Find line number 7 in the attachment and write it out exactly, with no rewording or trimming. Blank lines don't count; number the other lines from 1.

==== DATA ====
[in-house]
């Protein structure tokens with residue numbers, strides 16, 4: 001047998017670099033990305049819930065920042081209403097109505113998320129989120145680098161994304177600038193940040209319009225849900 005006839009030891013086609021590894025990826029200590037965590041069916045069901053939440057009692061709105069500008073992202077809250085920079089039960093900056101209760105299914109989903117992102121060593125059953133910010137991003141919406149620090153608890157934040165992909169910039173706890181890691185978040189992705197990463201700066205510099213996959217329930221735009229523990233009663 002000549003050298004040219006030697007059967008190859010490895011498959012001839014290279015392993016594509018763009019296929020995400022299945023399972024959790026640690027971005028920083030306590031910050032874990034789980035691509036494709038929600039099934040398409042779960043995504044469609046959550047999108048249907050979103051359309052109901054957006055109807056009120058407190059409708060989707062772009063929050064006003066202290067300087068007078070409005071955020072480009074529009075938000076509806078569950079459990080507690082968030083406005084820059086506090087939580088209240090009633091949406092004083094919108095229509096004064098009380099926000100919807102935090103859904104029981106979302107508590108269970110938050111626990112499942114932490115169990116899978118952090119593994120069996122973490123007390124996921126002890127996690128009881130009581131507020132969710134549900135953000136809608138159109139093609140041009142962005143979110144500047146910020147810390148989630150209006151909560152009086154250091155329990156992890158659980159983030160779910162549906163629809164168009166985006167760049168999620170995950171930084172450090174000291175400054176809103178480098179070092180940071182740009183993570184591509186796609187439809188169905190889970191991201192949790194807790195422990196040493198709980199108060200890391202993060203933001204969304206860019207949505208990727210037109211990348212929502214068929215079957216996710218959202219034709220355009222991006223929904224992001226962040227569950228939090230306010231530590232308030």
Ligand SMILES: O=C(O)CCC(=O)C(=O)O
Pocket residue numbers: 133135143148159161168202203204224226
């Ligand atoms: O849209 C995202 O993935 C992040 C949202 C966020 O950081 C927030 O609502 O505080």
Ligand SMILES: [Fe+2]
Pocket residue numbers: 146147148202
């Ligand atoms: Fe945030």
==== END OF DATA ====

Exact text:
Pocket residue numbers: 146147148202